In the face of pressing challenges and despite several efforts to address our multidimensional challenges as a country, the political class seemingly always resort to “politicking” and “manipulation”. Despite several recommendations and policy framework adopted in the past, very few credible reforms have been made amid the growing economic stress, political uncertainty, and persistent violent conflicts. As a new administration assumes the mantle of leadership (pending the outcome of the litigation issues surrounding the 2023 General Elections), how can ordinary Nigerians mainstream the right conversations and foster governance based on critical issues?
The Friedrich Ebert Stiftung (FES) Nigeria and Young Professionals in Policy and Development (YouPaD) organized a two-hours interdisciplinary public policy conversation on “Issue-Based Governance: How Ordinary Nigerians Can Mainstream the Right Conversations.” The conversation, which was hosted on 26 May 2023, gathered over eighty (80) experts and young professionals under the #AgoraByYouPaD Public Policy Series, to brainstorm and discuss on how Nigerians can facilitate Issue-Based Governance, by leading the right conversations.
Nigerians especially young people have witnessed a longstanding marginalization, disenfranchisement and underrepresentation in governance for decades. This is often the case in most parts of the world, particularly across low and middle-income countries but the ratio of under-representation of young people in Nigeria is unprecedentedly high. Young people are often left out of key decision-making processes. Meanwhile, in many cases, the younger generation are better positioned and more knowledgeable, equipped, and prepared to address the fast-rising issues of today’s world, caused by globalization, and development.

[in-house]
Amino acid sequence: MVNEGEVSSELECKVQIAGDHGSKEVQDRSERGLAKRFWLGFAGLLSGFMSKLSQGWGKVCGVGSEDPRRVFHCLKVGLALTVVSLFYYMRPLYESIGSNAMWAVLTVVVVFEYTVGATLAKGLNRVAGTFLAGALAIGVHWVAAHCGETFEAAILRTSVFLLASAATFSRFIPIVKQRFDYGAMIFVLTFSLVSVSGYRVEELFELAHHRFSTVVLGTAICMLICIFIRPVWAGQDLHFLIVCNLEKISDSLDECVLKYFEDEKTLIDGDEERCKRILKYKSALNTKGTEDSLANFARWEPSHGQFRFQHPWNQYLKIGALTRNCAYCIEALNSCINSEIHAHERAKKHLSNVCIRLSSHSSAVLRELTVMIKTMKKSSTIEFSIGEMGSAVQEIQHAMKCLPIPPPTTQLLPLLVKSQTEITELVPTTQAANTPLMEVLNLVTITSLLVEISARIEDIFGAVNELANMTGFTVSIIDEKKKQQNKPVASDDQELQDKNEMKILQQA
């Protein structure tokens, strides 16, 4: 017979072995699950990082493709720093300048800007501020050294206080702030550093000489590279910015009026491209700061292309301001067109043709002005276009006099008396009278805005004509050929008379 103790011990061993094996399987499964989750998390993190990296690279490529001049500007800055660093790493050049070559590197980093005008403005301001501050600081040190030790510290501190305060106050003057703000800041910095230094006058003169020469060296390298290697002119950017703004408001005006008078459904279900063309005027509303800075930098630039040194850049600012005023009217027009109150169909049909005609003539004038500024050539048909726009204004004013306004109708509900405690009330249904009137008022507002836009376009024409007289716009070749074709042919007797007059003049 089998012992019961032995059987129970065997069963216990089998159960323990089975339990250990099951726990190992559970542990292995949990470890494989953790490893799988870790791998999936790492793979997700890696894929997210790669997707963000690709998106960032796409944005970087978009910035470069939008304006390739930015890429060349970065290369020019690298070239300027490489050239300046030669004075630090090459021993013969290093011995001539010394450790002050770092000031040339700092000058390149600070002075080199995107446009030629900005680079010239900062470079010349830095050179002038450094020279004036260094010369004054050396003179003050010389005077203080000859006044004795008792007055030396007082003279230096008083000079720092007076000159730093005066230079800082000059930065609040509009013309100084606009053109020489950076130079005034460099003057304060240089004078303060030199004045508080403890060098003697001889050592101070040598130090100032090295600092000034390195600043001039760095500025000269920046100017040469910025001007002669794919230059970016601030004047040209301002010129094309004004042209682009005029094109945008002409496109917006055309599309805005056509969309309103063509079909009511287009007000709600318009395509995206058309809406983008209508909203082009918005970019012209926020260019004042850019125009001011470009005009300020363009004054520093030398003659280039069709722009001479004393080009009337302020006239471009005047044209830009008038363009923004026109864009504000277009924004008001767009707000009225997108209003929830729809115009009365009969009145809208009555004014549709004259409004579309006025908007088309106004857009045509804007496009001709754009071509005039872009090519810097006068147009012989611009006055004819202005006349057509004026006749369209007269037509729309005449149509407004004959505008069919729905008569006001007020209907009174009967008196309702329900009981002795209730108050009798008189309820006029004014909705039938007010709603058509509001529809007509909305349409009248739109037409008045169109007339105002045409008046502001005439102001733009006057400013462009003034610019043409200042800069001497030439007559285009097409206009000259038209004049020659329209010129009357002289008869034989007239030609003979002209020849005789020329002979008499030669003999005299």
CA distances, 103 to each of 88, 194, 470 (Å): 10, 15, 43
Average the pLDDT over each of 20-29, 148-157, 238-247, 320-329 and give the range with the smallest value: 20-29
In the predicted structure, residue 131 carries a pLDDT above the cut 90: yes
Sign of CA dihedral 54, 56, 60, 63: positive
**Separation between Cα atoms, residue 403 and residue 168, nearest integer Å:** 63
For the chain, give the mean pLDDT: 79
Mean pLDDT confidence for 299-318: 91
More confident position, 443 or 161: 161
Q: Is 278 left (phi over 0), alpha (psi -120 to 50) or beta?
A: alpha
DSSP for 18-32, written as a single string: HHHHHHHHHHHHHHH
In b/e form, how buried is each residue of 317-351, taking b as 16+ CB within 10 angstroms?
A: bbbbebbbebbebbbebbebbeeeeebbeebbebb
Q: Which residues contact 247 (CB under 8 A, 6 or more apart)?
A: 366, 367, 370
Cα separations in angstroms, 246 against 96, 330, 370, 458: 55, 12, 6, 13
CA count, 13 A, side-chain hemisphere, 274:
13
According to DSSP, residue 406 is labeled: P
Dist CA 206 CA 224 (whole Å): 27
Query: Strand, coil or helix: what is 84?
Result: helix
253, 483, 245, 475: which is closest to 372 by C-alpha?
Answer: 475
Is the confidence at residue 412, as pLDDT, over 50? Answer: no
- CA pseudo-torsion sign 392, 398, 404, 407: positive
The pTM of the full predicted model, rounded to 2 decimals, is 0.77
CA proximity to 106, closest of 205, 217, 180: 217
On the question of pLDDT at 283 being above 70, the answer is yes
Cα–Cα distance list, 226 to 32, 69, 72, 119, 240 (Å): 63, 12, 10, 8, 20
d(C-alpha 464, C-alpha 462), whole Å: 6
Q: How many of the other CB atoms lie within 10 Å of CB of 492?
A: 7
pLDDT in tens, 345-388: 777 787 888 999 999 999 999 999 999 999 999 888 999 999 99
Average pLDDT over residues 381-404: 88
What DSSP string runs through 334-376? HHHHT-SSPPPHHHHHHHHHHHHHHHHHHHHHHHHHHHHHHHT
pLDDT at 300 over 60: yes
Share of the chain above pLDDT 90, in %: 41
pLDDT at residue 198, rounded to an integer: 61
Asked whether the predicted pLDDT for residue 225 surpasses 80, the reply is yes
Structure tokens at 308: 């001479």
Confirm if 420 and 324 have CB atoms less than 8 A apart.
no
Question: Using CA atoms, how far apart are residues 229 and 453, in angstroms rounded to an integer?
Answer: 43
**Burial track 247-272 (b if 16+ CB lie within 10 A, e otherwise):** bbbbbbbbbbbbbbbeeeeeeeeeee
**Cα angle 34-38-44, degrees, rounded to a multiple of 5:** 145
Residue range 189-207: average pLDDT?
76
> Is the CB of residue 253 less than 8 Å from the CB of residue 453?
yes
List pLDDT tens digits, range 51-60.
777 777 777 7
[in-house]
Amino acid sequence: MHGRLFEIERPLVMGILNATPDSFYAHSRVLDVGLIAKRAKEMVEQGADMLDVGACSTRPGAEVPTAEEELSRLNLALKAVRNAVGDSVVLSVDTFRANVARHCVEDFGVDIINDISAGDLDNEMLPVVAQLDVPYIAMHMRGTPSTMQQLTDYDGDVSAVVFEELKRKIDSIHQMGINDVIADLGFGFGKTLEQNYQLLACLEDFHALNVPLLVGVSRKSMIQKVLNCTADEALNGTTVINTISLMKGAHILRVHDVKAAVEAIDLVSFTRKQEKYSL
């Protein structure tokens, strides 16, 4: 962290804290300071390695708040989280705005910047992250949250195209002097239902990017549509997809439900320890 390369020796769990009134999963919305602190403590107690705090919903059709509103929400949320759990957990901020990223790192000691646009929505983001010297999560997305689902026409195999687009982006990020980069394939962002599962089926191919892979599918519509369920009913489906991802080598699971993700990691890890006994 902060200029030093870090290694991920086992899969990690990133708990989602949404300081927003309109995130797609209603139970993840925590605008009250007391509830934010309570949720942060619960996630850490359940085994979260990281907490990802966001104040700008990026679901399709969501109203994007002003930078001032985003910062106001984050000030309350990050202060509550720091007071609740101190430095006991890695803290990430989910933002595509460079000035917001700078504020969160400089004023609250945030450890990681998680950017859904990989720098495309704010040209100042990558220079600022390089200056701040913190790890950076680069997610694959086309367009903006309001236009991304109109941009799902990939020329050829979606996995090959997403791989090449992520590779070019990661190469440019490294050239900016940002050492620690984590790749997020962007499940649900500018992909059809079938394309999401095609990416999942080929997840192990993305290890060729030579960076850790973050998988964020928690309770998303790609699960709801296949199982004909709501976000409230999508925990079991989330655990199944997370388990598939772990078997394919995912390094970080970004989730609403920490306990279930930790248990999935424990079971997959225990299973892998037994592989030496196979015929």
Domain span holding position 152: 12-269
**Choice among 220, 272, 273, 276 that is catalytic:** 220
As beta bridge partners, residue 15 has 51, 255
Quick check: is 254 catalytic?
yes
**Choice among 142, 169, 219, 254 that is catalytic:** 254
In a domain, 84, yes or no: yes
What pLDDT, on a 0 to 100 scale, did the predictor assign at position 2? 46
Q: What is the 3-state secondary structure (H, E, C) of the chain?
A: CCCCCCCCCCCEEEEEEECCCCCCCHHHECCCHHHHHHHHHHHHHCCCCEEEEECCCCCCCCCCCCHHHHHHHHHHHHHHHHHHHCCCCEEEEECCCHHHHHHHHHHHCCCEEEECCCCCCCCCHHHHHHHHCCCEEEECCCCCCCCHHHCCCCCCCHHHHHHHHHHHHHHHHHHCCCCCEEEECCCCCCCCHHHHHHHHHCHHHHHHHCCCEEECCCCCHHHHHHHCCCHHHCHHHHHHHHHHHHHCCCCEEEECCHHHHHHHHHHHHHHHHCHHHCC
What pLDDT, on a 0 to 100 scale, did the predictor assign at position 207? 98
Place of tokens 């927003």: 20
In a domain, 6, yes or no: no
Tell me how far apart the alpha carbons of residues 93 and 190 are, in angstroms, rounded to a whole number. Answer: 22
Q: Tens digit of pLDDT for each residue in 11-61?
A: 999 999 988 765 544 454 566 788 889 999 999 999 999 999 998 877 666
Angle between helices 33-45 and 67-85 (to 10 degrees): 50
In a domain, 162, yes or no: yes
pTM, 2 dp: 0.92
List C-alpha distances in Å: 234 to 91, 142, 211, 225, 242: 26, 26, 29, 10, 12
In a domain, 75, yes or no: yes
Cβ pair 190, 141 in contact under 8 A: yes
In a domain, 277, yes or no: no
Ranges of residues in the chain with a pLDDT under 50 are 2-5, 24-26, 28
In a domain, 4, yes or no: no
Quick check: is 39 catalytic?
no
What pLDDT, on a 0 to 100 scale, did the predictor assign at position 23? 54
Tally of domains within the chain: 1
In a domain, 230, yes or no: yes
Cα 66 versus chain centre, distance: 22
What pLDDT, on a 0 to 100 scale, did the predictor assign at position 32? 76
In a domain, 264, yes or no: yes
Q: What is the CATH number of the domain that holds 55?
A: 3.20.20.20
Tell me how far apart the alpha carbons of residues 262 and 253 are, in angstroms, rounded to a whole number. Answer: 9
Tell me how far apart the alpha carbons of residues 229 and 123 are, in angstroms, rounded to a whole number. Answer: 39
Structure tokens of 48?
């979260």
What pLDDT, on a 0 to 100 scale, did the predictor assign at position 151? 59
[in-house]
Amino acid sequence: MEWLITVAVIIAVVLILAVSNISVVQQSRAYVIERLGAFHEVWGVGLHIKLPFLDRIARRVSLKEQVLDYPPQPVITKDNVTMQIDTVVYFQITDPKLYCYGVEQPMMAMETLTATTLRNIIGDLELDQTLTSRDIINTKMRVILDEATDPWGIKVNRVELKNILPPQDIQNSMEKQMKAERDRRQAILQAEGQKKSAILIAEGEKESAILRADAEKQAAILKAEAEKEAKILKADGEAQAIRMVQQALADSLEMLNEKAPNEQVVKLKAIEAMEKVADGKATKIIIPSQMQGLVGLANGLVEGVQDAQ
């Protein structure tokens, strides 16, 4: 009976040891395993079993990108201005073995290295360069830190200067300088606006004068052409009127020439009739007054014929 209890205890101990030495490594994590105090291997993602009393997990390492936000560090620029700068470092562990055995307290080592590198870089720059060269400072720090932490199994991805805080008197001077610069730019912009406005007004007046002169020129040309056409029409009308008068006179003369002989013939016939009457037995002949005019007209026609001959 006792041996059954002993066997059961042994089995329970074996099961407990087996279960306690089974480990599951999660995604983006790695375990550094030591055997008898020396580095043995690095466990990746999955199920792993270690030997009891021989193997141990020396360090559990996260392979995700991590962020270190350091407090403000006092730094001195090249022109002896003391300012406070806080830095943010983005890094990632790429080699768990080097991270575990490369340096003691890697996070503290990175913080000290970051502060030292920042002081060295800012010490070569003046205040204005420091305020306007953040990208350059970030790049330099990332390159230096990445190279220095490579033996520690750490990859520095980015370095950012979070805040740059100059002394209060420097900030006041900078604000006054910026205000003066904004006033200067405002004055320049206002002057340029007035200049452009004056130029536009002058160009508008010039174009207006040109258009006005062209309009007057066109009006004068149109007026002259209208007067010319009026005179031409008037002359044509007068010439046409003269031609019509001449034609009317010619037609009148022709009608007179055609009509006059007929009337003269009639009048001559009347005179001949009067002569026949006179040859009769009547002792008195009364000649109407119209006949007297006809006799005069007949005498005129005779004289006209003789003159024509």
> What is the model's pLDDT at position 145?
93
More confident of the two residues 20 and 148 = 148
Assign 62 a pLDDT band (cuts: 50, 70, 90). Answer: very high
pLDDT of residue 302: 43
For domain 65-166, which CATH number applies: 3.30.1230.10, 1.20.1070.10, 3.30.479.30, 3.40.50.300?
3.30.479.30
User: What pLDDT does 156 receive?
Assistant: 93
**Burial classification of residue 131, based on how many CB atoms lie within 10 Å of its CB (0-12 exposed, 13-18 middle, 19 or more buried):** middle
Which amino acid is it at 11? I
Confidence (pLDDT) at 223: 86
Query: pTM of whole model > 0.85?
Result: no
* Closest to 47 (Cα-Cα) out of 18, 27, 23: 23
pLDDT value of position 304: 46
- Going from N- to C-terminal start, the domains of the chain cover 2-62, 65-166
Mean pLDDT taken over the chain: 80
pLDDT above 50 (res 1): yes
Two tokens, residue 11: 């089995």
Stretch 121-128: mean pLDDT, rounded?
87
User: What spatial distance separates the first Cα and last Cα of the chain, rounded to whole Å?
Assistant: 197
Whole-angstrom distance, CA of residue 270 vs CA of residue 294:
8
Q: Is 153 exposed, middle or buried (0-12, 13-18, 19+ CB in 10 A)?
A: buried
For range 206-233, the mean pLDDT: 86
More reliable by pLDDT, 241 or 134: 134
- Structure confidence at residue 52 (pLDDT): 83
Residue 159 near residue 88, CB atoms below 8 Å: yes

With an approximated 60 percent of its people under the age of 25 years old, Nigeria and indeed Africa has the youngest population in the world but has the least representation of young people in government. This fundamental disconnect between policymakers and the youth amplifies problems and has limited the economic growth and development of the region. The repeated calls for change seem to have been ignored over the years, and policymakers have rarely taken any proactive measure to correct the longstanding menace. Thereby leaving much of the youth-bulge with old leadership and institutions that are unable to take any meaningful actions to address the issues most relevant to young people.
Some of the key elements of Issue-based governance identified during the discussion are:
- 1. Problem-Oriented Approach: Issue-based governance focuses on understanding and addressing specific problems or challenges faced by the society. It involves adequate diagnostics of issues, their causes, and their potential solutions based on evidence and expert knowledge, often driven by research and due diligence.